OSLO (Reuters) – A white beluga whale is loitering off the coast of northern Norway, and that is starting to worry Norwegians, who are afraid it might not be able to fend for itself. Also, it might be a spy.
A white whale wearing a harness is seen off the coast of northern Norway, April 29, 2019. Jorgen Ree Wiig/Sea Surveillance Service/Handout/NTB Scanpix via REUTERS
The whale first showed up a few weeks ago when it swam up to Joar Hesten’s fishing boat. Hesten got in touch with the authorities, who were interested, because Hesten was off the northern coast and whales don’t often show up there this time of the year.
“We asked him if he could just try to have it around his boat until we arrived,” Joergen Ree Wiig, an inspector at the Norwegian Directorate of Fisheries, said on Tuesday. That wasn’t hard, it turned out.
“The whale was really friendly, came up to us and started opening its mouth, checking us out,” Wiig said. “We were trying to talk to it. It was really friendly. It was seeking contact with us.”
Possibly it was trying to tell them something. Possibly it was trying to say ‘Get this thing off me!’, because the whale was wearing a harness strapped around its neck, and written on the harness strap was “Equipment St. Petersburg”.
Hesten and Wigg obliged, and then they turned the harness over to the police, because the nearest St. Petersburg to Norway is in Russia. The thought occurred to people that they might have some kind of Russian spy whale on their hands. The harness held a camera mount, so the thought was not entirely outlandish.
On the other hand, it didn’t entirely make sense, either. The lettering on the harness was in English, not Russian, and used the Roman alphabet, not Cyrillic. It seemed unlikely the Russians wanted to make it easier for Westerners to identify any of their lost spy whales.
AVOIDING A ‘KEIKO’ SITUATION
On yet another hand, Russia does have spy whales, although it’s not claiming this one just yet.
“We have restarted training of military dolphins …,” said Colonel Viktor Baranets, a Russian military expert. “Their tasks remain the same. As to the use of common bottlenose dolphins, for instance, or beluga whales, I was told in the Sevastopol dolphinarium that these animals are not used (at the Russian Black Sea naval base) in Sevastopol.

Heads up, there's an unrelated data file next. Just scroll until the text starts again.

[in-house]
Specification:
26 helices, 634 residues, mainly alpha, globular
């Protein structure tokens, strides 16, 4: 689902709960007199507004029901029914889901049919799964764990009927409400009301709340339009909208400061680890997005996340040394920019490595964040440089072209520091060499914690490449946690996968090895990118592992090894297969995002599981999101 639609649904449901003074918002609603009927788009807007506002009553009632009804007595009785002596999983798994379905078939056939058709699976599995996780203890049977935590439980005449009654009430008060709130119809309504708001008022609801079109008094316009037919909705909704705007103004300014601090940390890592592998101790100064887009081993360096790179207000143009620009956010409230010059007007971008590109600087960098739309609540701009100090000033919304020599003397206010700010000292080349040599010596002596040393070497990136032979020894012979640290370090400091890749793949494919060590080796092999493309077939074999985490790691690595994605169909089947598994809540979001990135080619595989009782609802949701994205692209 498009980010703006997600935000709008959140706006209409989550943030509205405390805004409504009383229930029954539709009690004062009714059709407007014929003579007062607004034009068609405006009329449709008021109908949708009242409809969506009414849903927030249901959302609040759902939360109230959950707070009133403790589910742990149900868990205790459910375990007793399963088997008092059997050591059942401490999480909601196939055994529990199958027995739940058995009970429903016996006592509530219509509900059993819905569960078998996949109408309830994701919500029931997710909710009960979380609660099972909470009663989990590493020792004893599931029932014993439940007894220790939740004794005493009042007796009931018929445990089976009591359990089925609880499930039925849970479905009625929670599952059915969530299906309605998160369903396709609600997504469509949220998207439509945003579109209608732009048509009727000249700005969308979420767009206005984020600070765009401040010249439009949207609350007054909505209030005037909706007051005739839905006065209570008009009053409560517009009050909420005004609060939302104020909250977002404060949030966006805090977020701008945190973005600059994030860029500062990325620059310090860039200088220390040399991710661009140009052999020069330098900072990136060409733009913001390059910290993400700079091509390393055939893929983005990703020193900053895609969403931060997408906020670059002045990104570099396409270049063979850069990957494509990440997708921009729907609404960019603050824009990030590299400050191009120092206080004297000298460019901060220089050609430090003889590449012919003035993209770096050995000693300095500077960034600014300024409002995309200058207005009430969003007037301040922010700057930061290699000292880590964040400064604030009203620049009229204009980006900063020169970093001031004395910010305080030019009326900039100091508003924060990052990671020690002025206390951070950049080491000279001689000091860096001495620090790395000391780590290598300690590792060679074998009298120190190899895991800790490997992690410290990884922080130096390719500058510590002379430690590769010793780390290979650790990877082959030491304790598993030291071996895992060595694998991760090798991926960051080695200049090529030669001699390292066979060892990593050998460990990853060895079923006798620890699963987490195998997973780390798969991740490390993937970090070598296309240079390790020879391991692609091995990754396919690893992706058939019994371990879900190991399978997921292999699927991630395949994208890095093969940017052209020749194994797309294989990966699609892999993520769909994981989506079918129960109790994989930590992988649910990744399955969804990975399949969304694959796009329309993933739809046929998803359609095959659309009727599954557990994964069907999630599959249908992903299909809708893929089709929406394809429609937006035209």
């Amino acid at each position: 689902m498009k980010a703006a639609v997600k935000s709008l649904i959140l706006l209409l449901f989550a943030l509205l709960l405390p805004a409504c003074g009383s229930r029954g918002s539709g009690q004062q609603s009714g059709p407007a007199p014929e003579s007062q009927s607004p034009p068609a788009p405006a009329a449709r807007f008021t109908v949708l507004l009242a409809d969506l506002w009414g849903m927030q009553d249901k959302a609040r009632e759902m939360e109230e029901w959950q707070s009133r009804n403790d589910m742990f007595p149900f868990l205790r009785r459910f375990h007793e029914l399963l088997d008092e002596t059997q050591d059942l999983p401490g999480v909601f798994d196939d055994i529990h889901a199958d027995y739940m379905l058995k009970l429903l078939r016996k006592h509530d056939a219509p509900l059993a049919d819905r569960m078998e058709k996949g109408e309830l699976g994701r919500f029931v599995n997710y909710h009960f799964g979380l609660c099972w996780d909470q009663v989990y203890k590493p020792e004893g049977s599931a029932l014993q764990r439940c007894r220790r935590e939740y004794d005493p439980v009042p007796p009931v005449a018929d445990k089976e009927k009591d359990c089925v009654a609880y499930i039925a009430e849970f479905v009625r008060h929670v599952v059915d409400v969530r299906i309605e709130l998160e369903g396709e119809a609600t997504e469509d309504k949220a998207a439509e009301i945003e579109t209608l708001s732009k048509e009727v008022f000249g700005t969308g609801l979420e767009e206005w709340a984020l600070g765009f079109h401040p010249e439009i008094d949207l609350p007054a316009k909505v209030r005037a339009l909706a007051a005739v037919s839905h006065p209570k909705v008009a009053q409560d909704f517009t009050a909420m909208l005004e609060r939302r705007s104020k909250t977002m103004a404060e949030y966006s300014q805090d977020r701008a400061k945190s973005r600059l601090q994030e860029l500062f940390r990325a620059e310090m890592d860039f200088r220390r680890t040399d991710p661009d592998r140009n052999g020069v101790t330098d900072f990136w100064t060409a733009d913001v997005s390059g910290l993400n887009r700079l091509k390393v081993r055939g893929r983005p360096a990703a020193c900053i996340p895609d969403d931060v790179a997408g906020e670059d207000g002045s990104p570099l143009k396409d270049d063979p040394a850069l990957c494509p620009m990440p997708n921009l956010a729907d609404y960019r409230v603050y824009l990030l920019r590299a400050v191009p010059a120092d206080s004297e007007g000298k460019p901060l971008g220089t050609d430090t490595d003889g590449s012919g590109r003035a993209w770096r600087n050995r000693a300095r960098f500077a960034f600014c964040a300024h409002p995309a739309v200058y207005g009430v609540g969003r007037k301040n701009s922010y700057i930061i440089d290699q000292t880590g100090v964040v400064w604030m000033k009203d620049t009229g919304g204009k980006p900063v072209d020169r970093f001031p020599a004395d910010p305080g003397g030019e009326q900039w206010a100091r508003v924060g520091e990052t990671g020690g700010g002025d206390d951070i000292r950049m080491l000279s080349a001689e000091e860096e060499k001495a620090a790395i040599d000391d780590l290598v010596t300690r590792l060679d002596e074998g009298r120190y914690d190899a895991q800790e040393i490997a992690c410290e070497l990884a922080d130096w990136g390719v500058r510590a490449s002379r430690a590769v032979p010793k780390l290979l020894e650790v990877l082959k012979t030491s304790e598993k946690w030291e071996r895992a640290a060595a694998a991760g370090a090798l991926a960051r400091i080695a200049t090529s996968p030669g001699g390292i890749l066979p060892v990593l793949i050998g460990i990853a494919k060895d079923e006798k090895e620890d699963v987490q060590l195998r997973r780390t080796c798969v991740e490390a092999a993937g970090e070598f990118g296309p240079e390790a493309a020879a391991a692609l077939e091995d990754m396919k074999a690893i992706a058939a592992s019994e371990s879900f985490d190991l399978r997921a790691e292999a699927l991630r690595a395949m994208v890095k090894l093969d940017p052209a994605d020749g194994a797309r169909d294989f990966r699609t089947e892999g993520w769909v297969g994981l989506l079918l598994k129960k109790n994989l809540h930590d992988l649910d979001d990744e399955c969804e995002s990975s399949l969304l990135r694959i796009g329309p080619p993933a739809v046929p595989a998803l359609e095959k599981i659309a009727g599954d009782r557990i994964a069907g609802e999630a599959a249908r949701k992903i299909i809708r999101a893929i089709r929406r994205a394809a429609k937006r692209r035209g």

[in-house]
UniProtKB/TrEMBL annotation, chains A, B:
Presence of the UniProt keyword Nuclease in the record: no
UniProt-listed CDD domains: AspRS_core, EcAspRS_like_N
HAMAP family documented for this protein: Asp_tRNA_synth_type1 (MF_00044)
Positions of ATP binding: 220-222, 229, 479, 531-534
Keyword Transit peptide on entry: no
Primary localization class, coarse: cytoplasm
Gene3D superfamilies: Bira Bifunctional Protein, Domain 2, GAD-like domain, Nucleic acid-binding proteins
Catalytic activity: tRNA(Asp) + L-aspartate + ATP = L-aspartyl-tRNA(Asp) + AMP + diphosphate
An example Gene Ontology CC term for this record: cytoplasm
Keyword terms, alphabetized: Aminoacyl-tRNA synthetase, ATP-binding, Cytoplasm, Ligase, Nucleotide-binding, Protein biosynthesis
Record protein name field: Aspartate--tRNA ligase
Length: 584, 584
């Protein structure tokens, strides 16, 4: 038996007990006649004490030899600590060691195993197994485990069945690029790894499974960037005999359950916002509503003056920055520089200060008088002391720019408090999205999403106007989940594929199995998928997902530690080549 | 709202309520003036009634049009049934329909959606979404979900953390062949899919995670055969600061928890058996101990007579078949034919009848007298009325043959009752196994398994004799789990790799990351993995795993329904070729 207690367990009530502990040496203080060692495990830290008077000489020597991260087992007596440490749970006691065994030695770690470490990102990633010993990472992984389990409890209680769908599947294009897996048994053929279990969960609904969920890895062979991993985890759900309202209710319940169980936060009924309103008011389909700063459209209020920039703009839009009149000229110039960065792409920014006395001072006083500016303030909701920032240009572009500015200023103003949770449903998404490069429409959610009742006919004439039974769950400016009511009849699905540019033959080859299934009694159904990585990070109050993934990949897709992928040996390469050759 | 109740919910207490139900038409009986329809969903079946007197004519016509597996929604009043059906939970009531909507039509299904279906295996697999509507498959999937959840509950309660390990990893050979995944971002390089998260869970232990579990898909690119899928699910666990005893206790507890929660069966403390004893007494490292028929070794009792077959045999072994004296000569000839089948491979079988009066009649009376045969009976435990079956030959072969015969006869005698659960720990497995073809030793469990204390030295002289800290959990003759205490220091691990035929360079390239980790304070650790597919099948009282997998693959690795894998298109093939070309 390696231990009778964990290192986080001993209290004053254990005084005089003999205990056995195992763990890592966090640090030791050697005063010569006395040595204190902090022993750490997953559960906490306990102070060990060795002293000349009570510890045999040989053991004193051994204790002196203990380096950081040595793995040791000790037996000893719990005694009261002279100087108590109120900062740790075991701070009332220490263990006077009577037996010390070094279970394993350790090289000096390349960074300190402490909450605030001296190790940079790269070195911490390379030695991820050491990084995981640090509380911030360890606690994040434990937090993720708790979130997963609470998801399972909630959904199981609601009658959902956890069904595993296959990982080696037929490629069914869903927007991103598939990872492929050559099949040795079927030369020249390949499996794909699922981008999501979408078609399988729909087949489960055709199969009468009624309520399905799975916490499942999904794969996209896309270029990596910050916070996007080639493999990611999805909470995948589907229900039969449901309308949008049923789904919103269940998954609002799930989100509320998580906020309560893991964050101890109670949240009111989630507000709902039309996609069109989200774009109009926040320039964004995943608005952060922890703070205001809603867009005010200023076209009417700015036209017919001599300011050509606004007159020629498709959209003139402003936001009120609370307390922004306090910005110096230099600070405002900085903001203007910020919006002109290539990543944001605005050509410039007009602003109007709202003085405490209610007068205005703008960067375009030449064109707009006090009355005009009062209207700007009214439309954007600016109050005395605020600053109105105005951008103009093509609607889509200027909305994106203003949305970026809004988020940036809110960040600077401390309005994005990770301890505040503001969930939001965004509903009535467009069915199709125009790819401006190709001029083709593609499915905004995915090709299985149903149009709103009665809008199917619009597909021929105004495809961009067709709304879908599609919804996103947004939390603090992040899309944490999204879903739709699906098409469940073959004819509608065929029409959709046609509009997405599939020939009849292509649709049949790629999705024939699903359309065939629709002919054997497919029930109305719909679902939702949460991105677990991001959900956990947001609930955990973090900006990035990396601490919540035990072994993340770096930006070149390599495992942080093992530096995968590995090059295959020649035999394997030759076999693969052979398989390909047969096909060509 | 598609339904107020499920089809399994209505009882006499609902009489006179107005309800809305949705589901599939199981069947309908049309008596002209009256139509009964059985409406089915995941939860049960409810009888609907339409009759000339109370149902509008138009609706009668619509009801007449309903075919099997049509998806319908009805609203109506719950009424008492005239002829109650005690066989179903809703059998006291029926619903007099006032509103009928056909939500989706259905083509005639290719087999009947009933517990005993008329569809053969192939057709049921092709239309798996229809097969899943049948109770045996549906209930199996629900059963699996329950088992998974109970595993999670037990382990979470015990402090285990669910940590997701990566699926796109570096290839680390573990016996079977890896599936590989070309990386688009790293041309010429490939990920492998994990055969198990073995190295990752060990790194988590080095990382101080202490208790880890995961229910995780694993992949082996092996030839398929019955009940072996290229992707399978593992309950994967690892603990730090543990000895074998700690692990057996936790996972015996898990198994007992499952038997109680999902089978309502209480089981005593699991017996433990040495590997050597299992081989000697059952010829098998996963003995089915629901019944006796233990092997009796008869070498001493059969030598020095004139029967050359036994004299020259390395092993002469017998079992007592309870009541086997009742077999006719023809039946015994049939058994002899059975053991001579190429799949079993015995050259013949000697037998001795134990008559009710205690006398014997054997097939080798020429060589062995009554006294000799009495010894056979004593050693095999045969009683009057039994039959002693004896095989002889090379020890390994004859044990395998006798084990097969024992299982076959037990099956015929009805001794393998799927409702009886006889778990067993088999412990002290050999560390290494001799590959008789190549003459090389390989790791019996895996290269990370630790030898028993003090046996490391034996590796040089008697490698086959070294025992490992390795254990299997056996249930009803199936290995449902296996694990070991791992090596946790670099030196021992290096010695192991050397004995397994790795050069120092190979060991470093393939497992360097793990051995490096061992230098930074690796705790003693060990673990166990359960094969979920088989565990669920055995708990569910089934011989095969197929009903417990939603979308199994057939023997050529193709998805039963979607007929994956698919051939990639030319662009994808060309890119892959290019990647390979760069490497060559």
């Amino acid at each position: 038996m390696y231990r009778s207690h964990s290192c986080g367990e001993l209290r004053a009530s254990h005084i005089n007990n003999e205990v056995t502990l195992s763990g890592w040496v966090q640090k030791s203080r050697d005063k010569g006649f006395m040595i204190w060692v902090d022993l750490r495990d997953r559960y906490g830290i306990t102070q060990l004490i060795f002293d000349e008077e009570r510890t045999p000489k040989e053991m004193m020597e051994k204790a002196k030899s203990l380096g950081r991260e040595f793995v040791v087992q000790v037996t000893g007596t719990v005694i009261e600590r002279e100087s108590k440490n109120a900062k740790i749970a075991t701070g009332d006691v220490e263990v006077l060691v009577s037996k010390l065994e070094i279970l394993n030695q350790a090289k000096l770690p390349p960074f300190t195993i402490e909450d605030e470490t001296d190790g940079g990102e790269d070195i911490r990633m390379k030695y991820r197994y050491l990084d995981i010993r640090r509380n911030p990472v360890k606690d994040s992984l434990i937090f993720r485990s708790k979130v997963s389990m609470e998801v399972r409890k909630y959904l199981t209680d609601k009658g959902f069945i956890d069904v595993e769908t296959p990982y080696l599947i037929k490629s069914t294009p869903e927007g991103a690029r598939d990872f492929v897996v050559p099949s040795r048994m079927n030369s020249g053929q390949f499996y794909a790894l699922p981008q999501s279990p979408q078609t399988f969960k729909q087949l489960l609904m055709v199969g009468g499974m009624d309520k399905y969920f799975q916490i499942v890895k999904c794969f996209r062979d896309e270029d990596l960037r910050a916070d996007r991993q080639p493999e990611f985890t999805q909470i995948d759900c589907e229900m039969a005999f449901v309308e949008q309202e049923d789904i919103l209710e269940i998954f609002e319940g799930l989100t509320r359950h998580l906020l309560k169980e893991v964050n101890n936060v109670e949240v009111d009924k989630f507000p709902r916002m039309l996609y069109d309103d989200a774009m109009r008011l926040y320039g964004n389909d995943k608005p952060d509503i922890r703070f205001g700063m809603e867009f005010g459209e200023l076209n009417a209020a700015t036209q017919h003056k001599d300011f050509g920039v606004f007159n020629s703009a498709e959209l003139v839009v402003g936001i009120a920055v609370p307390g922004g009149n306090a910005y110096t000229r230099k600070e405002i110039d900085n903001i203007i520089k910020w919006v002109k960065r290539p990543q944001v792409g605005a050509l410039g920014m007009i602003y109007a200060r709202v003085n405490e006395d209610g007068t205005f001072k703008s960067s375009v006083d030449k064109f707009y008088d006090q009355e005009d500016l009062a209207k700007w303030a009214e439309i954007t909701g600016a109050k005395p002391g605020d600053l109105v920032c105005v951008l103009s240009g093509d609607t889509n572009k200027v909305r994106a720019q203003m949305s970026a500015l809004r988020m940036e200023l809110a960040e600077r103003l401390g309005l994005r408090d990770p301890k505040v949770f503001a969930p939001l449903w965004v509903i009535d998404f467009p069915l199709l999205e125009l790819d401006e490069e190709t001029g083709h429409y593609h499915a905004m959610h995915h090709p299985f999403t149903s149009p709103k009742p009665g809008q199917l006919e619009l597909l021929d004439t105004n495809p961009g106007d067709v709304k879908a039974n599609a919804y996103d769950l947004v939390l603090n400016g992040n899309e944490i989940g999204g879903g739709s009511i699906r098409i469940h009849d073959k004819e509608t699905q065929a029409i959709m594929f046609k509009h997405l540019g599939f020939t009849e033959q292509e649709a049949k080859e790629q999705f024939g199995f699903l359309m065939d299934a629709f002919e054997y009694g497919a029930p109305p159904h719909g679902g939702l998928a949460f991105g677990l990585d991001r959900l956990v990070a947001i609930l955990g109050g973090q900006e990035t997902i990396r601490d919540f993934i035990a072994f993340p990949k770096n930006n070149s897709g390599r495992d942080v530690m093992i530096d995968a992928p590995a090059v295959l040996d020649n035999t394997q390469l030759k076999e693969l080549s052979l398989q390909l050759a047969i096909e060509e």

“As to Russia’s North … I was told that Russian scientists are using beluga whales for tasks of civil information gathering, rather than military tasks.”
Exactly what the difference might be, the colonel didn’t say. In any case, the Norwegian police security service, PST, took custody of the harness, presumably to try to track down its origin.
“They collected it from me an hour ago. They said they would look into it,” Wiig said. PST did not immediately reply to a request for comment.
Wiig’s Fisheries Directorate is more now concerned about how the whale will make out. It shows no inclination to go home, wherever that might be.
“The beluga whale has been spotted again in the area. We are very concerned that it is not able to feed itself,” he said, adding that the animal’s behavior suggested it may have been tamed.
The Directorate is considering whether to take further action to help it, Wiig said. “What we want to avoid is a ‘Keiko’ situation.”
Keiko was an orca who had been captured and tamed and starred in the 1993 Hollywood movie “Free Willy”.
He was set free off Iceland in 2002, and visitors would come from far afield to spot him in a particular fjord on Norway’s northwest coast.
But things did not go well. Keiko was unable to re-adapt to the wild, and died off the coast of Norway in 2003.
Additional reporting by Gennady Novik; editing by Larry King